Celebrate President’s Day with a history lesson: What is the story behind dueling in America?

pistols_1428753cFebruary 20, 1839 — Today, Congress passed legislation barring the practice of dueling in the District of Columbia.

Passage of the law was inspired by a 1838 duel in which Kentucky Rep. William Graves killed Maine Rep. Jonathan Cilley at the Bladensburg Duelling Grounds near the DC-Maryland border. The House, choosing not to censure Graves or the two other congressman present at the duel, instead presented a bill to “prohibit the giving or accepting within the District of Columbia, of a challenge to fight a duel, and for the punishment thereof.”

The law did little to deter dueling, which was an ancient practice that was originally a legal means to settle disputes in barbarian Germanic tribes. Duels of honor, fought primarily between noblemen, were an extralegal means to defend one’s honor against personal insults. These duels were governed by codes, the most famous of which is the Code Duello, a list of 26 rules drafted in 1777 by Irish duelers.

An American version of the code was drafted in 1838 by South Carolina Gov. John Lyde Wilson. A duel was negotiated through companions of the two duelers, known as “seconds.” The offended party would issue a challenge; the challenger could either apologize or accept a duel using the weapon of his choice (usually pistols, but swords were also allowed).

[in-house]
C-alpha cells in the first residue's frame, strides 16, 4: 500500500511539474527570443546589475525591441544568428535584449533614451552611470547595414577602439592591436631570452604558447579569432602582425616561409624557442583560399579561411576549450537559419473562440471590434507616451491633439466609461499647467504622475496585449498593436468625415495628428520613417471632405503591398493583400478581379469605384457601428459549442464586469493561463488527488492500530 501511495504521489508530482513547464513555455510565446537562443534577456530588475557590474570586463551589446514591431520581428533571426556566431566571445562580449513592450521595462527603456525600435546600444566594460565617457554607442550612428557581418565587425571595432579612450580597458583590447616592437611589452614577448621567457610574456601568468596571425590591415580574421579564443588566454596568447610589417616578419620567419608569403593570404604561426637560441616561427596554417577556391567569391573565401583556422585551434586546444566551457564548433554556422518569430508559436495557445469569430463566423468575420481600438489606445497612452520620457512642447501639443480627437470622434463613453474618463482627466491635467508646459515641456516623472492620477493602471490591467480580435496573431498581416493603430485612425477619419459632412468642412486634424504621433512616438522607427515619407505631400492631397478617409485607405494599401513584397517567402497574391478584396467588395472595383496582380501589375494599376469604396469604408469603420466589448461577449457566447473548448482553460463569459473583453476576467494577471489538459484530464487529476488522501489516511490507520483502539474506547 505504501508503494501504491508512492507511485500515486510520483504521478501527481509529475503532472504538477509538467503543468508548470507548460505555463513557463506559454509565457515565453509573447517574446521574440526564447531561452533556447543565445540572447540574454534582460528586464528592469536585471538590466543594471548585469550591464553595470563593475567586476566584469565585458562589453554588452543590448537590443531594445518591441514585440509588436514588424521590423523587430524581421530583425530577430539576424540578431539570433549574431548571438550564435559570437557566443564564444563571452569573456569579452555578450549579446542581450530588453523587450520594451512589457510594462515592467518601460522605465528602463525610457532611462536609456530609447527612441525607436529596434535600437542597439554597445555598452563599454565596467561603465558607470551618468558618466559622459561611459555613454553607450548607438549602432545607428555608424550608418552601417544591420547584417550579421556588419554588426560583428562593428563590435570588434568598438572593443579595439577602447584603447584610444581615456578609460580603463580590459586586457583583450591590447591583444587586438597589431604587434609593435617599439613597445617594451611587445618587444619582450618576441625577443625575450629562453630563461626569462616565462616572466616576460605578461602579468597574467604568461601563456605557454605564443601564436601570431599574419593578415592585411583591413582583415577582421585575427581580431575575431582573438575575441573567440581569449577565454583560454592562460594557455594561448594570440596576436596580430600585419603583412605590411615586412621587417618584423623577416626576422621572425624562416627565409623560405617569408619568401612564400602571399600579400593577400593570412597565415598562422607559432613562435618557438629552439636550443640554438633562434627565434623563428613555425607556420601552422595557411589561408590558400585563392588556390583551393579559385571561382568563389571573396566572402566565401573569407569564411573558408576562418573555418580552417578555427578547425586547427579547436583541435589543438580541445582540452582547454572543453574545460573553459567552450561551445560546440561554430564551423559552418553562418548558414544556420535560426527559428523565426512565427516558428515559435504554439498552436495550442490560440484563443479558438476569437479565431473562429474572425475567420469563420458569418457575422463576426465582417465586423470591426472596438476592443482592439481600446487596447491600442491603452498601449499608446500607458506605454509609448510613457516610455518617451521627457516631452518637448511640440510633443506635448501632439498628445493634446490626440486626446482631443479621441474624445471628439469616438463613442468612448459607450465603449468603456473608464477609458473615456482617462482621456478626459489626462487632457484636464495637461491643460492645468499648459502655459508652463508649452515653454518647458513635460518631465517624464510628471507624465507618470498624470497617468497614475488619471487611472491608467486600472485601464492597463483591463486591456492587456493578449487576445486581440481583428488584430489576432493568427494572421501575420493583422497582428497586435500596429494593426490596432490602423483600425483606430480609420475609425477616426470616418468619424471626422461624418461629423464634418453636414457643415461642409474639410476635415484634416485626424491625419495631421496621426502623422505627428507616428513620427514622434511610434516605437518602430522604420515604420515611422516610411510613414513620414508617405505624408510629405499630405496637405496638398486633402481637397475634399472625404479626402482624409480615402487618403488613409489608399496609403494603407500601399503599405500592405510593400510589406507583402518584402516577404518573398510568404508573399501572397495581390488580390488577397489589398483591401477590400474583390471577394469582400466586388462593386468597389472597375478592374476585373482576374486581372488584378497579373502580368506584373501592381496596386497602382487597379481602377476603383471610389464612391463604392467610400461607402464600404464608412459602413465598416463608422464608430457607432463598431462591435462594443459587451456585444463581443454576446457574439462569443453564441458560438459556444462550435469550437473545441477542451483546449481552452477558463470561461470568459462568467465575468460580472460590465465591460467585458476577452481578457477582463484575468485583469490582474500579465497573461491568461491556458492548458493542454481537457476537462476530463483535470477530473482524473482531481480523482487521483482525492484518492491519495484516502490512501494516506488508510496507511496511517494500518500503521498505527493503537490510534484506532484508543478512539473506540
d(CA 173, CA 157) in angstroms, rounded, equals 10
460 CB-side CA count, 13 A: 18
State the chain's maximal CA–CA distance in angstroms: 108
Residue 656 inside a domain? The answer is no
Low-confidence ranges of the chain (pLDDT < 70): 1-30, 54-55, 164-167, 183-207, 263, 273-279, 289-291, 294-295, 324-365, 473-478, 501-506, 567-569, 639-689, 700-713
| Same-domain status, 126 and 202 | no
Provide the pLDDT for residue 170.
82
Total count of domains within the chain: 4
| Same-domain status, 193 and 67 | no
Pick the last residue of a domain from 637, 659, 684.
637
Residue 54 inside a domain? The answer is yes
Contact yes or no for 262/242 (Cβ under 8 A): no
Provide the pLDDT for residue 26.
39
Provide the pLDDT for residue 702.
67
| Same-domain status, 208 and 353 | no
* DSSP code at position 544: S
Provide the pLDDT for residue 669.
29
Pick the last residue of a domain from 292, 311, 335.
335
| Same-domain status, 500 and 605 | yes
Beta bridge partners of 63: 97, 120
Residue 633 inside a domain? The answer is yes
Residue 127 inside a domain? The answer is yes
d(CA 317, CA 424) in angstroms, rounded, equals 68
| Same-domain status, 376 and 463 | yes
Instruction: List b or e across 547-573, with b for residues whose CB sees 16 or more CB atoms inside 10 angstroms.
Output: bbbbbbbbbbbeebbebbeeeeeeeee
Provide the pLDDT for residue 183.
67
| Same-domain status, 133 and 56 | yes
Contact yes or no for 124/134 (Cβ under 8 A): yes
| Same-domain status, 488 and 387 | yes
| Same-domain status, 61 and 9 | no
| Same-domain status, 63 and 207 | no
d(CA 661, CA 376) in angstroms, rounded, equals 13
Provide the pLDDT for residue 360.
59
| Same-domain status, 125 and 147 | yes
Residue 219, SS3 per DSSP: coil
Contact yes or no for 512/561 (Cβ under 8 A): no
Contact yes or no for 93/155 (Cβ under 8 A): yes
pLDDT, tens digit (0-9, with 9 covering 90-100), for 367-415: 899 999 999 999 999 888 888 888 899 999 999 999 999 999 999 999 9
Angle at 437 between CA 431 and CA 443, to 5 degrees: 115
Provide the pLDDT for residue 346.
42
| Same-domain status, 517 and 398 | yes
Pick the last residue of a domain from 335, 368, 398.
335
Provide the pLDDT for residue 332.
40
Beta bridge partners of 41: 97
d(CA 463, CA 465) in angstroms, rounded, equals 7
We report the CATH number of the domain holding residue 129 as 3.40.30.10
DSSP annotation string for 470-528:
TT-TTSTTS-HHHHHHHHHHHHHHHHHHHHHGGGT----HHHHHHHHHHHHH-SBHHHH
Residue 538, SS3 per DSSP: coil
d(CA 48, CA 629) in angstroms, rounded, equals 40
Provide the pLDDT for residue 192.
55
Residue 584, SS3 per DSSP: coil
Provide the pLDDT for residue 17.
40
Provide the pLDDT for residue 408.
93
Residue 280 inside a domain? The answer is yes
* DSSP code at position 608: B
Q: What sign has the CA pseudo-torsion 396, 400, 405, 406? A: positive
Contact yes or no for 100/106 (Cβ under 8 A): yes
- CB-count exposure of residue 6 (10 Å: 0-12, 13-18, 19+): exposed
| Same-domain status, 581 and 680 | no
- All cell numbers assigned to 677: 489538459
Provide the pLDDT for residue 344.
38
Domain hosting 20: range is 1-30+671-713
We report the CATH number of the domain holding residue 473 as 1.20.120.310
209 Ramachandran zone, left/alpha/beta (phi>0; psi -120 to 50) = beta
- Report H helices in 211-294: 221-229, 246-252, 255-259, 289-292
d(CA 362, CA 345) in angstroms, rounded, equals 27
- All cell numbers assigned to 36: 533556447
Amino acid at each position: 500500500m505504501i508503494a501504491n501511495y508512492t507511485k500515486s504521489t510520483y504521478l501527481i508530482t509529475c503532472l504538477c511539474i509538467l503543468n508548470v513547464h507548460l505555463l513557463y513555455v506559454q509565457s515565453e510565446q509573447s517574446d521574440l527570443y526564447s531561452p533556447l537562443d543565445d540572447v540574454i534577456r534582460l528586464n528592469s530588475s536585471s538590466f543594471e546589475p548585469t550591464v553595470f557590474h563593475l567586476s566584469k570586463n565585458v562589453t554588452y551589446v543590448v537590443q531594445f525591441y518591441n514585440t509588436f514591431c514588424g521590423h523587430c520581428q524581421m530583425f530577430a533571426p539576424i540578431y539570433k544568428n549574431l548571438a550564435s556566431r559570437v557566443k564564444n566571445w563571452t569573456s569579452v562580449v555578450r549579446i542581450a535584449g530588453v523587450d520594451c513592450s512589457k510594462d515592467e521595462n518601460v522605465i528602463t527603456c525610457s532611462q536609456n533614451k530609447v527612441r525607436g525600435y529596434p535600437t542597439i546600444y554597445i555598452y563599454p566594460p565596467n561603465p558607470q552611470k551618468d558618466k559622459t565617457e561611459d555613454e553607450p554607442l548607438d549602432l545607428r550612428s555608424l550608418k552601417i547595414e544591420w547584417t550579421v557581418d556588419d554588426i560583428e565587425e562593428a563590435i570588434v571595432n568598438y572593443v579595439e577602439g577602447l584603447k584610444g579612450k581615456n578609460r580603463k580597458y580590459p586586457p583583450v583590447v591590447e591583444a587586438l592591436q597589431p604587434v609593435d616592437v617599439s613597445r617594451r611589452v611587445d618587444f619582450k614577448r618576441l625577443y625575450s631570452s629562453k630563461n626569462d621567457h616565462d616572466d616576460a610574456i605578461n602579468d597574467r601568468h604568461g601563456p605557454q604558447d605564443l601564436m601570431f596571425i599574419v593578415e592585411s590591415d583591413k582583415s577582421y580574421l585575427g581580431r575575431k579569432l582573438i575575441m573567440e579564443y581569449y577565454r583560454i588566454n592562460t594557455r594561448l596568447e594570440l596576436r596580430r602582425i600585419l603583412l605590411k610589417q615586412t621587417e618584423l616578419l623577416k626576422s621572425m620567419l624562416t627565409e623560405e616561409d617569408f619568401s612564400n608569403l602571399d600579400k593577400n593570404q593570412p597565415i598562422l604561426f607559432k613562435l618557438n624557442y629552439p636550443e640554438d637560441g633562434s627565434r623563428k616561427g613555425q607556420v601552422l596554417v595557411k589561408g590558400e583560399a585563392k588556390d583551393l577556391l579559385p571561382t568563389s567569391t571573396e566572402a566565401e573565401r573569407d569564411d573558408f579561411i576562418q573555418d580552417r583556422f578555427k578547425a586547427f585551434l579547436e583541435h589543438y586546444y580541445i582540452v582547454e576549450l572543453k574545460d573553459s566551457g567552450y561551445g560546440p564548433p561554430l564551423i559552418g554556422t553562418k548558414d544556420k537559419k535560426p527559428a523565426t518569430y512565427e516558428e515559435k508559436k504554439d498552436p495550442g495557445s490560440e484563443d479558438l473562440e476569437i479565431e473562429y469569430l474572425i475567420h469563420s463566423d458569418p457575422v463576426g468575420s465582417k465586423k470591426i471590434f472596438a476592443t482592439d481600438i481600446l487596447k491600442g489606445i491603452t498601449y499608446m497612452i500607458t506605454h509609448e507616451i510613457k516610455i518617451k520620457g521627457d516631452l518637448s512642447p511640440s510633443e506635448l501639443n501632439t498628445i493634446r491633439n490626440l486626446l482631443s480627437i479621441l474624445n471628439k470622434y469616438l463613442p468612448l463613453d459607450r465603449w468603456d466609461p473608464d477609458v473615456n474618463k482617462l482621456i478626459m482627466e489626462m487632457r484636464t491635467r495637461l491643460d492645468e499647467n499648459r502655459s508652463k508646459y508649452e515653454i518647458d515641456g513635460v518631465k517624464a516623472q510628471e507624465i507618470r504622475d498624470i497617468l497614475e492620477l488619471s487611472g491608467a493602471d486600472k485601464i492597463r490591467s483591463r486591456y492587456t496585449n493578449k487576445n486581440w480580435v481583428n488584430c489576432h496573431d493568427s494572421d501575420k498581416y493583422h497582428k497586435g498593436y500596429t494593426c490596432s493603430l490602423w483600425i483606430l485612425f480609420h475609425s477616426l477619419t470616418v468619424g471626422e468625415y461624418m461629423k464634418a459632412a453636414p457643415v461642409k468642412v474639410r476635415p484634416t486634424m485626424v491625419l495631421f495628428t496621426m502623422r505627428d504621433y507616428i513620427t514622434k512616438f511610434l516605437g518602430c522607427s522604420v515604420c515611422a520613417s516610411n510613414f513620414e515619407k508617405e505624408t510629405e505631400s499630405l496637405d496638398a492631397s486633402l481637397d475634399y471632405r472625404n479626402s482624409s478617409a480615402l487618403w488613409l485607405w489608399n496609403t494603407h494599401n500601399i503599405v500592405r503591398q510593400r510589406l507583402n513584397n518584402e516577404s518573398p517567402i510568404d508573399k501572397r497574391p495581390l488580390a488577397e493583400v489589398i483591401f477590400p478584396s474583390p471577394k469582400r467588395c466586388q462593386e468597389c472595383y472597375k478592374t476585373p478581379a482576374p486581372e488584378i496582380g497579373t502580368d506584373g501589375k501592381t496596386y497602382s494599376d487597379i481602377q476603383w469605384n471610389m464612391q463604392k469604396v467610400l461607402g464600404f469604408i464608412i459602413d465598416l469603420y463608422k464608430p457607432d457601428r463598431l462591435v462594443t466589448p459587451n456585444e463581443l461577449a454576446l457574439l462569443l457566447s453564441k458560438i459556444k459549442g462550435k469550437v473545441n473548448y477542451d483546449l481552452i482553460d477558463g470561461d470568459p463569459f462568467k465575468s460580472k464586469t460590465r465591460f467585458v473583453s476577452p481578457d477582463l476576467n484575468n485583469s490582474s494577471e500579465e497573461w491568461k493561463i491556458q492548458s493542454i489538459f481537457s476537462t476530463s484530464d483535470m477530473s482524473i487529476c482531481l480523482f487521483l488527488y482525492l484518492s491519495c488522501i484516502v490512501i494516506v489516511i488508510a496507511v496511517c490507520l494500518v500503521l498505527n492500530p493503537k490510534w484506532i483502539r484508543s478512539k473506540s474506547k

In America, duels were most prevalent in the South, particularly among upper-class gentlemen. Men who were challenged to a duel were expected to accept; those who refused faced public embarrassment. One South Carolina general, recalling a duel in his youth, remarked, “Well I never did clearly understand what it was about, but you know it was a time when all gentlemen fought.”

Sources: findingdulcinea.com, history.house.gov, legal-dictionary

Words of Wisdom for February 20, 2017

Famous duels in America: 

Hamilton-Burr — Perhaps the most famous duel in U.S. history was fought between former Treasury Secretary Alexander Hamilton, a Federalist, and Vice President Aaron Burr, a Democratic-Republican. The two New Yorkers had been political enemies for more than a decade, and on July 11, 1804, at the dueling grounds in Weehawken, N.J., Burr shot Hamilton in the stomach. Hamilton died the next day. Burr was charged with murder, though he was never tried. His image was forever tainted and his political career was destroyed.

Jackson-Dickinson — Nearly two decades before he became president, Andrew Jackson was nearly killed in a duel with Charles Dickinson, a horse breeder who had insulted him and his wife. Jackson, shot in the chest, killed Dickinson on his second shot after his first shot misfired.

Lincoln’s Near Duel — Abraham Lincoln nearly fought in a saber duel in 1842. After a disagreement regarding the state bank in Illinois, Lincoln humiliated his fellow state legislator, James Shields, in a letter to the editor of a newspaper. When Lincoln refused to retract the letter, Shields challenged him to a duel. The two arrived at the dueling grounds prepared to fight, but their seconds helped settle the dispute before the duel.